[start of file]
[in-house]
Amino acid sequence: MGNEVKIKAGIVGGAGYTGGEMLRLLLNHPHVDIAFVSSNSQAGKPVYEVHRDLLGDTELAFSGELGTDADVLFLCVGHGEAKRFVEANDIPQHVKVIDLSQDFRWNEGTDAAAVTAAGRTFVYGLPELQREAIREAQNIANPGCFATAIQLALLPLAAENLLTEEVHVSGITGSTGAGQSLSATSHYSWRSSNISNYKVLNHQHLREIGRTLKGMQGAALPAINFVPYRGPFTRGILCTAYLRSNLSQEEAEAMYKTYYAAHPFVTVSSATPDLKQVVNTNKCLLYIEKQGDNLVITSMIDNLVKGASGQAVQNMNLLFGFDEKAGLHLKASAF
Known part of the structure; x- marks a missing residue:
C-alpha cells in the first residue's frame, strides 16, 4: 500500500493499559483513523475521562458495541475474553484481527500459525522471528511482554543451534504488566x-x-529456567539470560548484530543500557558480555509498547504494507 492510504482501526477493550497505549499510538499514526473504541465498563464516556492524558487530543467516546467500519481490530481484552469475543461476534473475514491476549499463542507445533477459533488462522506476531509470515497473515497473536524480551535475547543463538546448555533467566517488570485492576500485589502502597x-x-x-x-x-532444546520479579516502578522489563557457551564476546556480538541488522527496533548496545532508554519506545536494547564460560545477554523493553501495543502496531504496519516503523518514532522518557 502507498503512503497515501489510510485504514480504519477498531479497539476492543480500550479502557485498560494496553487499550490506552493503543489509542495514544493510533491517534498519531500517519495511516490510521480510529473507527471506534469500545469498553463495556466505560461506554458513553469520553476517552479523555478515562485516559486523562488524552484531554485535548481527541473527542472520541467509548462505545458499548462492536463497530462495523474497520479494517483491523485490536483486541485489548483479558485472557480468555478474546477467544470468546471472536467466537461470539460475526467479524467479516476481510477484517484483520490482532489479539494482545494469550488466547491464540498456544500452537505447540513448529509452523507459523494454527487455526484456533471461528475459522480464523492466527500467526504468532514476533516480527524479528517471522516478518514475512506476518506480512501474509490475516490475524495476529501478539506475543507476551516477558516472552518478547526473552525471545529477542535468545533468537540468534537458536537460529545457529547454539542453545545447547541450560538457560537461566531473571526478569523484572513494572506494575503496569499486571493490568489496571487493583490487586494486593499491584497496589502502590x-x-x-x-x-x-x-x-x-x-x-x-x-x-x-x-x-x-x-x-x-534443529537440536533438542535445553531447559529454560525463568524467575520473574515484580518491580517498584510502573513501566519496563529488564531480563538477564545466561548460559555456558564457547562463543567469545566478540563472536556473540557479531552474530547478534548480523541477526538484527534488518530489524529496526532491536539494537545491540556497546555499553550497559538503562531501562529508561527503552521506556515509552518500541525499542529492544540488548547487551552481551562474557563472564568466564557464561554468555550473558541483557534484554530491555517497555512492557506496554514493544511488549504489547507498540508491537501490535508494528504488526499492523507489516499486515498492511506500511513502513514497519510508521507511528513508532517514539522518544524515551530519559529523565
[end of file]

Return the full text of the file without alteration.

[in-house]
Amino acid sequence: MGNEVKIKAGIVGGAGYTGGEMLRLLLNHPHVDIAFVSSNSQAGKPVYEVHRDLLGDTELAFSGELGTDADVLFLCVGHGEAKRFVEANDIPQHVKVIDLSQDFRWNEGTDAAAVTAAGRTFVYGLPELQREAIREAQNIANPGCFATAIQLALLPLAAENLLTEEVHVSGITGSTGAGQSLSATSHYSWRSSNISNYKVLNHQHLREIGRTLKGMQGAALPAINFVPYRGPFTRGILCTAYLRSNLSQEEAEAMYKTYYAAHPFVTVSSATPDLKQVVNTNKCLLYIEKQGDNLVITSMIDNLVKGASGQAVQNMNLLFGFDEKAGLHLKASAF
Known part of the structure; x- marks a missing residue:
C-alpha cells in the first residue's frame, strides 16, 4: 500500500493499559483513523475521562458495541475474553484481527500459525522471528511482554543451534504488566x-x-529456567539470560548484530543500557558480555509498547504494507 492510504482501526477493550497505549499510538499514526473504541465498563464516556492524558487530543467516546467500519481490530481484552469475543461476534473475514491476549499463542507445533477459533488462522506476531509470515497473515497473536524480551535475547543463538546448555533467566517488570485492576500485589502502597x-x-x-x-x-532444546520479579516502578522489563557457551564476546556480538541488522527496533548496545532508554519506545536494547564460560545477554523493553501495543502496531504496519516503523518514532522518557 502507498503512503497515501489510510485504514480504519477498531479497539476492543480500550479502557485498560494496553487499550490506552493503543489509542495514544493510533491517534498519531500517519495511516490510521480510529473507527471506534469500545469498553463495556466505560461506554458513553469520553476517552479523555478515562485516559486523562488524552484531554485535548481527541473527542472520541467509548462505545458499548462492536463497530462495523474497520479494517483491523485490536483486541485489548483479558485472557480468555478474546477467544470468546471472536467466537461470539460475526467479524467479516476481510477484517484483520490482532489479539494482545494469550488466547491464540498456544500452537505447540513448529509452523507459523494454527487455526484456533471461528475459522480464523492466527500467526504468532514476533516480527524479528517471522516478518514475512506476518506480512501474509490475516490475524495476529501478539506475543507476551516477558516472552518478547526473552525471545529477542535468545533468537540468534537458536537460529545457529547454539542453545545447547541450560538457560537461566531473571526478569523484572513494572506494575503496569499486571493490568489496571487493583490487586494486593499491584497496589502502590x-x-x-x-x-x-x-x-x-x-x-x-x-x-x-x-x-x-x-x-x-534443529537440536533438542535445553531447559529454560525463568524467575520473574515484580518491580517498584510502573513501566519496563529488564531480563538477564545466561548460559555456558564457547562463543567469545566478540563472536556473540557479531552474530547478534548480523541477526538484527534488518530489524529496526532491536539494537545491540556497546555499553550497559538503562531501562529508561527503552521506556515509552518500541525499542529492544540488548547487551552481551562474557563472564568466564557464561554468555550473558541483557534484554530491555517497555512492557506496554514493544511488549504489547507498540508491537501490535508494528504488526499492523507489516499486515498492511506500511513502513514497519510508521507511528513508532517514539522518544524515551530519559529523565